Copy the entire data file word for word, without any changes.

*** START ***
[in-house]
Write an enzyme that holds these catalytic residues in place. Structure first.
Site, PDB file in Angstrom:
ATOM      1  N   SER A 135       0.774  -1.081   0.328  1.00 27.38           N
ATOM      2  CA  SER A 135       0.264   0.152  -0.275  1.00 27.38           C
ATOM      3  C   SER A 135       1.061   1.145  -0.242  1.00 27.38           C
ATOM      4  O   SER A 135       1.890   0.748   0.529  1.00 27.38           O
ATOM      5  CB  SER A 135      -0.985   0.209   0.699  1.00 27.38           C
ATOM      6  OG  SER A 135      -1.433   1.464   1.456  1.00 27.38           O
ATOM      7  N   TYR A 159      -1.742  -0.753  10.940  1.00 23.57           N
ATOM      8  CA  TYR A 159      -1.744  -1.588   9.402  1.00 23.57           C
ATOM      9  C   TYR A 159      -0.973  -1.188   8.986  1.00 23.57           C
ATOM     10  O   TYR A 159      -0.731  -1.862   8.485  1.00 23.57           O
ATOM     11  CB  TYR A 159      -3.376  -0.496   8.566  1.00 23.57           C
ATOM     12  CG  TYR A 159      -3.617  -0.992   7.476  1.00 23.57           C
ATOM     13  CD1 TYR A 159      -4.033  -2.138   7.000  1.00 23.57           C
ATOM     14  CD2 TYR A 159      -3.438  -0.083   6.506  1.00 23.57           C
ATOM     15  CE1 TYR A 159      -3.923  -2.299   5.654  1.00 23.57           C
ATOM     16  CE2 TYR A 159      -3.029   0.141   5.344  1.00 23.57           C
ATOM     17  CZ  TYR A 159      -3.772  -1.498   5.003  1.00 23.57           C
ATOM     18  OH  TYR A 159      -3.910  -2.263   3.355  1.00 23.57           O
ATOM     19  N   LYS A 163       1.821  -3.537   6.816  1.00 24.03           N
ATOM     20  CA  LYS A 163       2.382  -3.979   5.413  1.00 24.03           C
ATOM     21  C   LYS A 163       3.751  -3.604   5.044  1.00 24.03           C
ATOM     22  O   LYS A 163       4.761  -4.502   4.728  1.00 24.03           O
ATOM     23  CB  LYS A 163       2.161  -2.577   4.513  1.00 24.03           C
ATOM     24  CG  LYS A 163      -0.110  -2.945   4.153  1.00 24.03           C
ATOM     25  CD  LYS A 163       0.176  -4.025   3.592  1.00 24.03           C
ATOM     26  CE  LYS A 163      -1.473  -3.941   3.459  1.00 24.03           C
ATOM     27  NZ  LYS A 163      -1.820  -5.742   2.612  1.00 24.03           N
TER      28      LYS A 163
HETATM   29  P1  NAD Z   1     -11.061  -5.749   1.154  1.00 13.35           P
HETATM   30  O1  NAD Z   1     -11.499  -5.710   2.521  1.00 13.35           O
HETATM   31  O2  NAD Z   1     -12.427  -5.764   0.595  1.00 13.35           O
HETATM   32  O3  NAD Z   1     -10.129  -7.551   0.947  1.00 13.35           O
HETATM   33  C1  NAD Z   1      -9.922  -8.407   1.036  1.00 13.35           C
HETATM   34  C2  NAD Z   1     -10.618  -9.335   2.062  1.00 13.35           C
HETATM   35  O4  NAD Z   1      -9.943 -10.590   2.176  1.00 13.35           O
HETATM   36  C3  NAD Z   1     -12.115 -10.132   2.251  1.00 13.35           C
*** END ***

[in-house]
Write an enzyme that holds these catalytic residues in place. Structure first.
Site, PDB file in Angstrom:
ATOM      1  N   SER A 135       0.774  -1.081   0.328  1.00 27.38           N
ATOM      2  CA  SER A 135       0.264   0.152  -0.275  1.00 27.38           C
ATOM      3  C   SER A 135       1.061   1.145  -0.242  1.00 27.38           C
ATOM      4  O   SER A 135       1.890   0.748   0.529  1.00 27.38           O
ATOM      5  CB  SER A 135      -0.985   0.209   0.699  1.00 27.38           C
ATOM      6  OG  SER A 135      -1.433   1.464   1.456  1.00 27.38           O
ATOM      7  N   TYR A 159      -1.742  -0.753  10.940  1.00 23.57           N
ATOM      8  CA  TYR A 159      -1.744  -1.588   9.402  1.00 23.57           C
ATOM      9  C   TYR A 159      -0.973  -1.188   8.986  1.00 23.57           C
ATOM     10  O   TYR A 159      -0.731  -1.862   8.485  1.00 23.57           O
ATOM     11  CB  TYR A 159      -3.376  -0.496   8.566  1.00 23.57           C
ATOM     12  CG  TYR A 159      -3.617  -0.992   7.476  1.00 23.57           C
ATOM     13  CD1 TYR A 159      -4.033  -2.138   7.000  1.00 23.57           C
ATOM     14  CD2 TYR A 159      -3.438  -0.083   6.506  1.00 23.57           C
ATOM     15  CE1 TYR A 159      -3.923  -2.299   5.654  1.00 23.57           C
ATOM     16  CE2 TYR A 159      -3.029   0.141   5.344  1.00 23.57           C
ATOM     17  CZ  TYR A 159      -3.772  -1.498   5.003  1.00 23.57           C
ATOM     18  OH  TYR A 159      -3.910  -2.263   3.355  1.00 23.57           O
ATOM     19  N   LYS A 163       1.821  -3.537   6.816  1.00 24.03           N
ATOM     20  CA  LYS A 163       2.382  -3.979   5.413  1.00 24.03           C
ATOM     21  C   LYS A 163       3.751  -3.604   5.044  1.00 24.03           C
ATOM     22  O   LYS A 163       4.761  -4.502   4.728  1.00 24.03           O
ATOM     23  CB  LYS A 163       2.161  -2.577   4.513  1.00 24.03           C
ATOM     24  CG  LYS A 163      -0.110  -2.945   4.153  1.00 24.03           C
ATOM     25  CD  LYS A 163       0.176  -4.025   3.592  1.00 24.03           C
ATOM     26  CE  LYS A 163      -1.473  -3.941   3.459  1.00 24.03           C
ATOM     27  NZ  LYS A 163      -1.820  -5.742   2.612  1.00 24.03           N
TER      28      LYS A 163
HETATM   29  P1  NAD Z   1     -11.061  -5.749   1.154  1.00 13.35           P
HETATM   30  O1  NAD Z   1     -11.499  -5.710   2.521  1.00 13.35           O
HETATM   31  O2  NAD Z   1     -12.427  -5.764   0.595  1.00 13.35           O
HETATM   32  O3  NAD Z   1     -10.129  -7.551   0.947  1.00 13.35           O
HETATM   33  C1  NAD Z   1      -9.922  -8.407   1.036  1.00 13.35           C
HETATM   34  C2  NAD Z   1     -10.618  -9.335   2.062  1.00 13.35           C
HETATM   35  O4  NAD Z   1      -9.943 -10.590   2.176  1.00 13.35           O
HETATM   36  C3  NAD Z   1     -12.115 -10.132   2.251  1.00 13.35           C